So there I was, on my honeymoon in St. Croix, weeks after the debut of my first syndicated cartoon strip, Hartland. And while I had romance on my mind, I was also thinking about the fact that as I was sitting on that beach, one of the strips I had already written and inked was being printed in the papers-and if I didn’t keep thinking of more ideas I’d fall behind! My brain locked on the fact that (at the time) Charles Schulz had been doing his Peanuts comic strip for 35 years. 35 years? Let’s see….35 X 365…THAT’S A LOT OF IDEAS! I proceeded to try to write 35 years worth of comic strips right there on the beach. The result was the first and worst case of writer’s block I’ve ever experienced. No matter what I tried, I couldn’t come up with a single idea, let alone 35 years worth (which is 12,775).
I arrived back from my honeymoon convinced my comic strip career was already over. But it soon dawned on me that what was causing my writer’s block was my unrealistic expectation. I didn’t have to write 35 years of strip ideas-I only had to write one. And with that, the vice that had been tightening around my cranium loosened, once more allowing the free flow of ideas.
Over the next decade, I gained tremendous insight into how to control my life and environment so as to get optimal creative output. As John Cleese talks about in his wonderful lecture on creativity, I learned the importance of following a regiment.
I found my quiet place to create and carved out a specific block of time that was set aside every day for that purpose (early morning through noon). In my chamber of solitude, with the necessary time to get into my creative mode, I would wait for the ideas to come, and they did. Not only could I write one idea…most days I could write ten-sometimes twenty. The other half of my day was spent sketching and inking the comic strips. I followed the words of Flaubert: “Be regular and orderly in your daily life, so that you may be violent and original in your work.”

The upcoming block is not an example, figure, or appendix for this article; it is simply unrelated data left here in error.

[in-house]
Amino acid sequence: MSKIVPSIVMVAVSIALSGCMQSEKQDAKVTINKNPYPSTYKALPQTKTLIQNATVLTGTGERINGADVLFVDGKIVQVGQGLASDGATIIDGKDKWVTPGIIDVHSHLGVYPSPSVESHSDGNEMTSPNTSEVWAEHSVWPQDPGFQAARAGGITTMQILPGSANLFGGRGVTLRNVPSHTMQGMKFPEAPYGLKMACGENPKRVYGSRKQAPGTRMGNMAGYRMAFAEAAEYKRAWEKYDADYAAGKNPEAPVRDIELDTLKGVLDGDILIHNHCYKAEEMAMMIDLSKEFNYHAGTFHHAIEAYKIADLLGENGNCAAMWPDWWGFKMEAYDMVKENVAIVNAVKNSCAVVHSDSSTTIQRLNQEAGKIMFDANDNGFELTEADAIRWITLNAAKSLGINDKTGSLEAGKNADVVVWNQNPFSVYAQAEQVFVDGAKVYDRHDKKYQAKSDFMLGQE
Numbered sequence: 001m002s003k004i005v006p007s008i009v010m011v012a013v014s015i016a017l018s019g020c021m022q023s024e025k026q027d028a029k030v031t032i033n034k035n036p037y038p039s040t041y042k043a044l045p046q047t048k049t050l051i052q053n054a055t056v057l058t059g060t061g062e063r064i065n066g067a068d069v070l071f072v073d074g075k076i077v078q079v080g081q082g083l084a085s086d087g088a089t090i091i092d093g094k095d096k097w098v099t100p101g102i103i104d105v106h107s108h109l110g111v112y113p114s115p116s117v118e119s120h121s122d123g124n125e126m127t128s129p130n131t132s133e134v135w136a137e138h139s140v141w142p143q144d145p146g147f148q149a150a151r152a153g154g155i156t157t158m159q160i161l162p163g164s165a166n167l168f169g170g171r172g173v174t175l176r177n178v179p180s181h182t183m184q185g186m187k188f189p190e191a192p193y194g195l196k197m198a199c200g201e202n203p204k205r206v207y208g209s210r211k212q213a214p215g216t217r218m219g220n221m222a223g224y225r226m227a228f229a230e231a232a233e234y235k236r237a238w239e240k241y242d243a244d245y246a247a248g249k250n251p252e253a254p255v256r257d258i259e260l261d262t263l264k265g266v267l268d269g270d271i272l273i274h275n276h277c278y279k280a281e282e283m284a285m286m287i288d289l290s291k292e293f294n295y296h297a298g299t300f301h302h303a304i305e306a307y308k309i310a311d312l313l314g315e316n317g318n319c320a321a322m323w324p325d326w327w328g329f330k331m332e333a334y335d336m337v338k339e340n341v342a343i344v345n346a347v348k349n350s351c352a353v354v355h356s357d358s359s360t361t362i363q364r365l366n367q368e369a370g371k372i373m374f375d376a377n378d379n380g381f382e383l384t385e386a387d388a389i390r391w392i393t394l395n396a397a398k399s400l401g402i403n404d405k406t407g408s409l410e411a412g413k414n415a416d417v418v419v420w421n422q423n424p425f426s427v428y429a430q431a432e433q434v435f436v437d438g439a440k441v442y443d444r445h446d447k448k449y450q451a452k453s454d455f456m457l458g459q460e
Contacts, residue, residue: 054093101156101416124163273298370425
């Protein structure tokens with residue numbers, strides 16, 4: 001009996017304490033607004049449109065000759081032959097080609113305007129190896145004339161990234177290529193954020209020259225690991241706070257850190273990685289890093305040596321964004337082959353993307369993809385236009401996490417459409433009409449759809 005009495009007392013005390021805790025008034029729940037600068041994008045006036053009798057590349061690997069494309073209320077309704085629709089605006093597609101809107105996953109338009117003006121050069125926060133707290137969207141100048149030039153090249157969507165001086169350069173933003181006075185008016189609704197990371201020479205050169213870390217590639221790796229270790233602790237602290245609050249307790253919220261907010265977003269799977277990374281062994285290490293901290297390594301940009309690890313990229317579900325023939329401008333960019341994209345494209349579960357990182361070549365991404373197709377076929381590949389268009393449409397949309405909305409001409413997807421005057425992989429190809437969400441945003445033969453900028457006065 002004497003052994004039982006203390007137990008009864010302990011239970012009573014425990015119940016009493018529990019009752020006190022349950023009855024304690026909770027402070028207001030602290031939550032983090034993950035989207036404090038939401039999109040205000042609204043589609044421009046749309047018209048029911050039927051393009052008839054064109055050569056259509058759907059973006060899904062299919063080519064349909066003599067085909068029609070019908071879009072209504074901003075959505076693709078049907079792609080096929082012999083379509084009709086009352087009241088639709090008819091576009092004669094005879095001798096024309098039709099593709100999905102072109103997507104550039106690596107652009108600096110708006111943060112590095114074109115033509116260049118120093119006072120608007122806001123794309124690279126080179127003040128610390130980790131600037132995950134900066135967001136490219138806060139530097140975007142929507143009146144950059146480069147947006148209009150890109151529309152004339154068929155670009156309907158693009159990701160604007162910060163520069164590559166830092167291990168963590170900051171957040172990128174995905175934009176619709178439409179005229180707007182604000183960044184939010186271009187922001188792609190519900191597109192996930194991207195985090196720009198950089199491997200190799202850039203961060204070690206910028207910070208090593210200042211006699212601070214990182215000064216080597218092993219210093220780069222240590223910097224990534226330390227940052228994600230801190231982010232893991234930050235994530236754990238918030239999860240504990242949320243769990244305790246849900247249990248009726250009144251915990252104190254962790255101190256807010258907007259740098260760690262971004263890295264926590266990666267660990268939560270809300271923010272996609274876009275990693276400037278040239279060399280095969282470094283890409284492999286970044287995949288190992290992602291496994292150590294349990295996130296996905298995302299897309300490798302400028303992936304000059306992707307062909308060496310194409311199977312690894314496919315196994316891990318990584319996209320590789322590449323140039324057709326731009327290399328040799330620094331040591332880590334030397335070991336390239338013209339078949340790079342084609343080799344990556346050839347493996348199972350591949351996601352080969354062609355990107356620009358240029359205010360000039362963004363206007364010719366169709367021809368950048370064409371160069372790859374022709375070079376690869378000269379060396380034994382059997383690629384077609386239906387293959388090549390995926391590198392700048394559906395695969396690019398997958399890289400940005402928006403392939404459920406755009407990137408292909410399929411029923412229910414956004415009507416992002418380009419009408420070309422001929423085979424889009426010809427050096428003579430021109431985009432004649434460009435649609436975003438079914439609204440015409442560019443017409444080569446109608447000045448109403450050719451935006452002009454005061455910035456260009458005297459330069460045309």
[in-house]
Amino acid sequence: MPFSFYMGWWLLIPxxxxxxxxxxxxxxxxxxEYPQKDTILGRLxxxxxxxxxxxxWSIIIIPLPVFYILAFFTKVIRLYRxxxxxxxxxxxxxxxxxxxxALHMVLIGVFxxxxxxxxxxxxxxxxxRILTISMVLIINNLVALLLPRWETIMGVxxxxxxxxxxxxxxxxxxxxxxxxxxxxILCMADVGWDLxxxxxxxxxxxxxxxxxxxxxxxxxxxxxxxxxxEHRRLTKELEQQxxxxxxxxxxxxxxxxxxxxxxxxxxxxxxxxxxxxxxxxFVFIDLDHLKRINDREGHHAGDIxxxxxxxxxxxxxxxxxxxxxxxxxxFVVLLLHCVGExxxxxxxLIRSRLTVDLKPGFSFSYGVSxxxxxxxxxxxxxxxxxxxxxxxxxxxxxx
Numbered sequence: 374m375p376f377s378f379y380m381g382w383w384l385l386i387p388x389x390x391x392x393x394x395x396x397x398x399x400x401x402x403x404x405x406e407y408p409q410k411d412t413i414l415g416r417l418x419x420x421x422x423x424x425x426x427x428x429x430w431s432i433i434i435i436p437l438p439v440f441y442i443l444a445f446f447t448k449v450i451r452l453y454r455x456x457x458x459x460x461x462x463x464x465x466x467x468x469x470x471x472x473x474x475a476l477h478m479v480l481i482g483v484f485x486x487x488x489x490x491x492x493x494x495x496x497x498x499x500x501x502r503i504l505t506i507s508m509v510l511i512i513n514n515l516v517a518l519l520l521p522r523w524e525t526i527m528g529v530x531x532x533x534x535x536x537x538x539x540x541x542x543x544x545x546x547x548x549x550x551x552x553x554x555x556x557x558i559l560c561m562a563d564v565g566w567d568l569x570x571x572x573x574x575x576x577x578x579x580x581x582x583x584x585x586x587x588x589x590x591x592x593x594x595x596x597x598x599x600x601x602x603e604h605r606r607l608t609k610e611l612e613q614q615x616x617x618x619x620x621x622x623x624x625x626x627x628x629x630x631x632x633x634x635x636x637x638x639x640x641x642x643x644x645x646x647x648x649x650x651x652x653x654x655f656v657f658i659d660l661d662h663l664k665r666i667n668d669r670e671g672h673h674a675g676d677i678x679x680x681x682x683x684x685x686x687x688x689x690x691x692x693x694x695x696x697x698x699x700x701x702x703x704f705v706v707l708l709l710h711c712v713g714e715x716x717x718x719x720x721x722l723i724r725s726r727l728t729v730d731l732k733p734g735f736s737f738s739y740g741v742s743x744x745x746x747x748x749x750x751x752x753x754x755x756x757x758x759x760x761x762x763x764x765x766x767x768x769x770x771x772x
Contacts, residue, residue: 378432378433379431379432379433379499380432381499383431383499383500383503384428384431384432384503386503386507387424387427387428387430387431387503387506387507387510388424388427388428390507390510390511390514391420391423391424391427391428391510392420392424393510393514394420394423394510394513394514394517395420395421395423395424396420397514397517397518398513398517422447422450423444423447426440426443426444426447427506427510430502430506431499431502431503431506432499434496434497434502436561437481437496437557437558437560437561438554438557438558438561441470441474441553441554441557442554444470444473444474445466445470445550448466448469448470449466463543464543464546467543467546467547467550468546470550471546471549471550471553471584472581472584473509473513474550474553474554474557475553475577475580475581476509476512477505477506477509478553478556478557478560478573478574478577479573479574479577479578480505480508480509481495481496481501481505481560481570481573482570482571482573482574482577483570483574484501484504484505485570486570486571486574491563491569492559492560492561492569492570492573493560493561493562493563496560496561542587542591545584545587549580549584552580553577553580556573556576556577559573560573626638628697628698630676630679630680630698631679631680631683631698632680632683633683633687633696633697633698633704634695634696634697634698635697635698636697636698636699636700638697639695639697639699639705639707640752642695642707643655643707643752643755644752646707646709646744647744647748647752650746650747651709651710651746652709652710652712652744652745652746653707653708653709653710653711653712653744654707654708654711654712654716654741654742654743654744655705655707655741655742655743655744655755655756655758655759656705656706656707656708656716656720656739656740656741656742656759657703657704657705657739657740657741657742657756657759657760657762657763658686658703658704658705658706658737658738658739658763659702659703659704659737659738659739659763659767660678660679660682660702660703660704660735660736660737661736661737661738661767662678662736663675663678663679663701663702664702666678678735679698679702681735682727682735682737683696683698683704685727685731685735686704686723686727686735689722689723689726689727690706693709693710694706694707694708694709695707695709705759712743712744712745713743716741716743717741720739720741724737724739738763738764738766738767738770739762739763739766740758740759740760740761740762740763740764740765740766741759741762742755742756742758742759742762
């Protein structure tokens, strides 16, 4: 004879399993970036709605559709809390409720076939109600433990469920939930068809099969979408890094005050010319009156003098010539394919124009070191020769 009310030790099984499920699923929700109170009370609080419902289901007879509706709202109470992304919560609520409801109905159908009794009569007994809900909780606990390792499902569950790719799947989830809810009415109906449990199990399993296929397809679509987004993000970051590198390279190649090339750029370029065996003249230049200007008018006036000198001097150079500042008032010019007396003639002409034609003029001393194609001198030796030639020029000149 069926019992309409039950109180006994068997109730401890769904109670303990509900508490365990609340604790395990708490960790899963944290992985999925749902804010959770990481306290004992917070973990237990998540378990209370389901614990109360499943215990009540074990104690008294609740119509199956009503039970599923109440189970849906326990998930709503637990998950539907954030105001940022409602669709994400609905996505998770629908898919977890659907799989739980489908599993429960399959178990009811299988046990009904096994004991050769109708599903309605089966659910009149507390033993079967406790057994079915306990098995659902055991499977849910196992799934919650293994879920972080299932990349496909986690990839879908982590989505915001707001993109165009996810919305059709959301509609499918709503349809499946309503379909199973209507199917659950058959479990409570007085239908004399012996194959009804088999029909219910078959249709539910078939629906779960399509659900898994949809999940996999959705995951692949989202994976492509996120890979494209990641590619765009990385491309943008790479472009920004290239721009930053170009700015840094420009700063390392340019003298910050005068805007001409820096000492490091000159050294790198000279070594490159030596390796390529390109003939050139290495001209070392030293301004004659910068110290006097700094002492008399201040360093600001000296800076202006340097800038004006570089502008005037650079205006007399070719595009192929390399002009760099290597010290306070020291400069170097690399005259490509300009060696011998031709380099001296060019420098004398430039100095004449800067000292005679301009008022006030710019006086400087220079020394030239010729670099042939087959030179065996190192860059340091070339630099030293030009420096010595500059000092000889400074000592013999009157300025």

When I began working for Frank Deford’s sports daily, The National, my workday followed a similar pattern-albeit a more hectic one.
Every day I was called upon to submit sketch ideas with an editorial slant based on what was going on in world of sports. Those ideas were then faxed (this was before computers) to The National prior to their morning editorial meeting for consideration. Once given the green light on a particular idea, I had to complete the final art by one o’clock so it could be sent, via courier, into New York City in time to be scanned and placed it in the layout for the following morning’s edition.
The next morning, the process started all over again.
Today, nearly twenty years removed, I make my living as an author/illustrator of children’s books, ranging from stories about sports, to my latest, a story about a girl who thinks she’s a dinosaur. Yet, by and large, I still follow the same regiment I learned in my syndication days, with the same objective of slipping into that creative mode. The difference is I now have the luxury of holding on to ideas for weeks or months to tinker and tweak instead of having to send out finished, publishable work on a daily basis.
This September my wife and I celebrate our 30th wedding anniversary. Perhaps we’ll go to St. Croix. And while I will, of course, have romance on my mind, I will also be thinking about the fact that while I’m sitting on that beach, the 14 books I’ve created have either already been published, or soon will be. That means I better start thinking of more ideas! Because Eric Carle has written over 70 books. 70 books! THAT’S A LOT OF BOOKS!…
(All images courtesy of Guest Blogger)
Richard Torrey’s latest books include Ally-saurus and the First Day of School (Sterling), which received starred reviews from both Kirkus and Publishers Weekly, and My Dog, Bob (Holiday House). Learn more about Richard and his books at: richardtorrey.com and follow him on Twitter at: @richtorrey
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